No ‘stroke of a pen’ will change the question underlying the problem of divorce and remarriage
Dr. Nicholas Cafardi writes:
Nothing, no clear theology, no gospel teaching, nothing except hidebound tradition requires that a Catholic marriage can only be annulled through a complicated judicial process. If he wanted to, Francis could reconsider this judicial function of the church, and instead delegate authority over the annulment of first marriages to the proper pastor of the people involved. Take what the church has made a complicated judicial process and make it into a pastoral problem with a pastoral solution. Again, as sole legislator, Francis could reassign this legal responsibility to the pastor with a stroke of the pen. And note, this does not require a change in our theology, only a change in jurisdiction.
Good grief. Where to begin?
Such casual talk about marriages “being annulled” is okay in chit-chat, but scholars discussing—to say nothing of lawyers attacking—the annulment process itself must, before anything else, describe that process accurately: Tribunals don’t do anything to a marriage, rather, they conclude something about a marriage. Grasp that, and one has the essence of the thing.
Long story made short, every society needs a process whereby agreements apparently entered into by its members can be assessed for their ‘validity’, that is, every society needs a way to determine, objectively and fairly, whether an agreement seemingly made between two people qualifies as a contract enforceable in that society. This is Contracts 101, of course, and has not a whit to do with theology or Gospel teaching; these are purely questions of nature and justice.
Now, to describe marriage as a “covenant” (c. 1055 § 1) builds upon, but does not erase, the fact the every marriage is essentially an agreement between two people, that is, every marriage is, before it is anything else, a contract. But, precisely as a contract, it is possible that two people might desire to enter, and might even think that they have entered, that contract known as marriage, when, as a purely legal (specifically, canonical) matter, they have not done so. And if they have not entered into that contract known as marriage, then they are not married in the eyes of that society. Period.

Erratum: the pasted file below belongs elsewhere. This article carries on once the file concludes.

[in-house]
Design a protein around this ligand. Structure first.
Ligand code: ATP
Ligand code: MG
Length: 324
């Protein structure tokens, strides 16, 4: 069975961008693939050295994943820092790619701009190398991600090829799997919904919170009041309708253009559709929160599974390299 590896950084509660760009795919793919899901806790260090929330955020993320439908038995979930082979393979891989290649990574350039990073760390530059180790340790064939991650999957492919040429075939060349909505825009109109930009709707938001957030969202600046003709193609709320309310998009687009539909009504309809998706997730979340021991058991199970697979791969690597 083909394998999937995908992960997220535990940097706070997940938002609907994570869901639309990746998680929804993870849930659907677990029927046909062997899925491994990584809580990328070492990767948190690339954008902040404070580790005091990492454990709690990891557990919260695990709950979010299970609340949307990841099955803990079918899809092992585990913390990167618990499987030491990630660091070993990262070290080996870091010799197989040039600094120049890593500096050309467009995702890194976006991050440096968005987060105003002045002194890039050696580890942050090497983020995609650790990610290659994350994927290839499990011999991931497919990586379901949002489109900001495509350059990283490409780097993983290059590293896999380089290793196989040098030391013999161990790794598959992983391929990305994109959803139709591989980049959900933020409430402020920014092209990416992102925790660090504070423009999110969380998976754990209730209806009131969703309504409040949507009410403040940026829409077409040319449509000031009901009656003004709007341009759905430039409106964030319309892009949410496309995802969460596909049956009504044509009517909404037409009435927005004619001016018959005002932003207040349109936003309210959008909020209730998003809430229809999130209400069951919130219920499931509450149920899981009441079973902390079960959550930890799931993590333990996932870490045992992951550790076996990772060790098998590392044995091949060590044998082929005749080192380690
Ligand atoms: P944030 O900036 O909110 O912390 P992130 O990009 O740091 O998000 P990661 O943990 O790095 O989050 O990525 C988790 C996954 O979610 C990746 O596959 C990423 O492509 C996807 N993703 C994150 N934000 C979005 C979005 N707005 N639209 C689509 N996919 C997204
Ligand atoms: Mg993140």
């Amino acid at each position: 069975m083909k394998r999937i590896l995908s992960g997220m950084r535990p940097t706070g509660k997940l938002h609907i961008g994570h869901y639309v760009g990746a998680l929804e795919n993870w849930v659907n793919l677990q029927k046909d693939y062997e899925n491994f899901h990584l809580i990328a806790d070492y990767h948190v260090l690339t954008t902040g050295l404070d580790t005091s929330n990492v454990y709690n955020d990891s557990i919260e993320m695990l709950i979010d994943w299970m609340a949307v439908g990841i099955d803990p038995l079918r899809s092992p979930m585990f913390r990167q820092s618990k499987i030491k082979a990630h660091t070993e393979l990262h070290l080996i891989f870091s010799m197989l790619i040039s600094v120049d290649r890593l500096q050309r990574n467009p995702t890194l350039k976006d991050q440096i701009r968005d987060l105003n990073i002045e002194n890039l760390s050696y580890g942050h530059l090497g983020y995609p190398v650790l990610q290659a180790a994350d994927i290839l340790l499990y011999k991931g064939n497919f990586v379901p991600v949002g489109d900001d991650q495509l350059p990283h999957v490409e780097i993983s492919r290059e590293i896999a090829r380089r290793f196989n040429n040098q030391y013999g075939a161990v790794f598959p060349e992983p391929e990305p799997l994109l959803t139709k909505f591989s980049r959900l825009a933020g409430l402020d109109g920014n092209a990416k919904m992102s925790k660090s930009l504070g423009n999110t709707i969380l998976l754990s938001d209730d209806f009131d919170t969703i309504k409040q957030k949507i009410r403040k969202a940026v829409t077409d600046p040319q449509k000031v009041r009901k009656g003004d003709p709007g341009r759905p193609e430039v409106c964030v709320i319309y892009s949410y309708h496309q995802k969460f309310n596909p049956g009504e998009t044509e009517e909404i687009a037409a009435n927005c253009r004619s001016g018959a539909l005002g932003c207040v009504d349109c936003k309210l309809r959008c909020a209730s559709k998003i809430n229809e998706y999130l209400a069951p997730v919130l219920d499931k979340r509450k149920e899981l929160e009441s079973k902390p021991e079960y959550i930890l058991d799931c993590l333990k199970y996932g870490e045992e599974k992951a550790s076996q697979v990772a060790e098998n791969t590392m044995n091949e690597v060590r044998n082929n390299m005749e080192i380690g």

The only question treated by a tribunal is this: has the couple before it entered into that contract known as marriage? If they have done so, certain consequences (some, but not all, derived from our theology) flow; if they have not done so, certain consequences (some, but not all, derived from our theology) flow. Whether the couple chose wisely in marrying and lived happily in it, or whether they betrayed each other repeatedly and were lucky to escape with their sanity, is irrelevant to the question that a tribunal has the expertise and responsibility to decide: whether this couple actually entered marriage. Of course a host of vital pastoral questions flow from the tribunal’s answer, but that does not transform the tribunal (or whatever agent or office someone thinks can be assigned this judicial function with the stroke of a papal pen) into a pastor or therapist. To even suggest otherwise shows little understanding and/or a poor regard for the multiple realties (moral, psychological, emotional, and juridic, etc.) that make up the human person who is the object of the Church’s solicitude.
Bottom line, two people are either married or they aren’t. If someone has ideas toward improving how the Church determines who is married and who is not, I’m all ears. But if anyone thinks that what the Church really needs is a palatable way to avoid treating married people as married—and brother, a whole lot of folks are pushing that line these days—they need to think again. Seriously.